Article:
Where people around the world eat the most sugar and fat


We all know Americans love their sugar. But data from market research firm Euromonitor suggest that the love may border on lunacy, at least compared with the rest of the world.

Here in the United States, the average person consumes more than 126 grams of sugar per day, which is slightly more than three 12-ounce cans of Coca-Cola. That’s more than twice the average sugar intake of all 54 countries observed by Euromonitor. It’s also more than twice what the World Health Organization recommends for daily intake, which is roughly 50 grams of sugar for someone of normal weight.

In Germany, the second-most sugar-loving nation in the world, people eat roughly 103 grams on average. In the Netherlands, the country with the third-biggest sweet tooth, people eat 102.5 grams. And in Ireland, which ranks fourth on the list, sugar intake falls just short of 97 grams.

At the other end of the spectrum are India, Israel, Indonesia and China, where people apparently don’t like sweets. In India, people eat only about 5 grams per day on average. In Israel, it’s 14.5 grams. In Indonesia, it’s just over 15 grams. And in China, it’s just under 16 grams.

Here’s the full list (notice that people eat fewer than 25 grams of sugar in only 10 countries):

https://data-wrapper.s3.amazonaws.com/HCufM/2/index.html

The good news for Americans is that they fare a bit better when it comes to fat consumption.

Belgium, where people eat 95 grams of fat each day on average, holds the distinction of being the world’s most fat-crazed country. Germany, where people eat 86.5 grams of fat each day on average, is second. Finland, where people eat just shy of 81 grams, is third. And the Netherlands, where people eat just over 80 grams, is fourth. The United States is 16th on the list, at 65.5 grams, roughly 12 grams more than the average seen across the 54 countries.

India, Indonesia and South Korea, where people eat the least amount of fat, consume 10 grams, 15.5 grams, and just over 20 grams per capita, respectively.

The U.S. government recommends that people “aim for a total fat intake of no more than 30 percent of calories.” Assuming that people consume 2,000 calories a day (which they don’t, but let’s assume they do), that would mean about 65 grams of fat. So Americans aren’t doing all that bad.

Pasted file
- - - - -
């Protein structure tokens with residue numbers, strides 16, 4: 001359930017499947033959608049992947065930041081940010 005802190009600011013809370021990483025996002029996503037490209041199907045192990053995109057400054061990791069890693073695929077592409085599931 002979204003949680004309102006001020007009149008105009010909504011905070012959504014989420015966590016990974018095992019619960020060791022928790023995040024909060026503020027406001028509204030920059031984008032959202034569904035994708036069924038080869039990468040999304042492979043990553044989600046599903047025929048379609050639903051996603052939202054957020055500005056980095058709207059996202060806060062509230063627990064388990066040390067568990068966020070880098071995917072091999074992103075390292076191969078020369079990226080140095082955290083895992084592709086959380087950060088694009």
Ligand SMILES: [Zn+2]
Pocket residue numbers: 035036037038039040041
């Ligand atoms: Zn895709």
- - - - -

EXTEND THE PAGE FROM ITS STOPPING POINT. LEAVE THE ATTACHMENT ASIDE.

Here’s the full list:

https://data-wrapper.s3.amazonaws.com/8TfXB/3/index.html

Interestingly, neither sugar nor fat consumption seems to be a good indicator of obesity — not at least among those countries that eat the most fat and sugar. Sure, Americans are both eating way too much sugar and outpacing the rest of the world in waistline. But outside of that, there doesn’t seem to be much of a suggestion that an affinity for either is associated with higher rates of obesity in these countries — based on this data at least.

Germany, which ranks second in both sugar and fat consumption per capita, is among the skinniest nations in the developed world. Only 14.7 percent of its population over the age of 14 is considered obese, according to data from the Organization for Economic Co-operation and Development (OECD). Similarly, other countries, including Belgium, the Netherlands, Finland and Sweden, are both near the top in sugar and fat intake, and near the bottom in obesity rates.

Lower sugar and fat consumption, however, does appear to align — at least a little more — with lower obesity rates, probably because it reflects lower consumption of food more generally. India, Indonesia and China, which are at or near the bottom of the list in both sugar and fat consumption, also happen to have the three lowest obesity rates (2.1, 2.4 and 2.9 percent, respectively) among the countries the OECD tracks.

What exactly does this all mean? It’s unclear. But it does make you wonder whether there’s a better gauge for why people in some countries are so overweight and others are not. One possibility is that it’s not the raw amount of fat or sugar content alone that matters, it’s also the type of food that’s being eaten. In the United States, processed foods are still wildly popular, a fact that could offer one more theory of how this country came to have an obesity rate above 35 percent.

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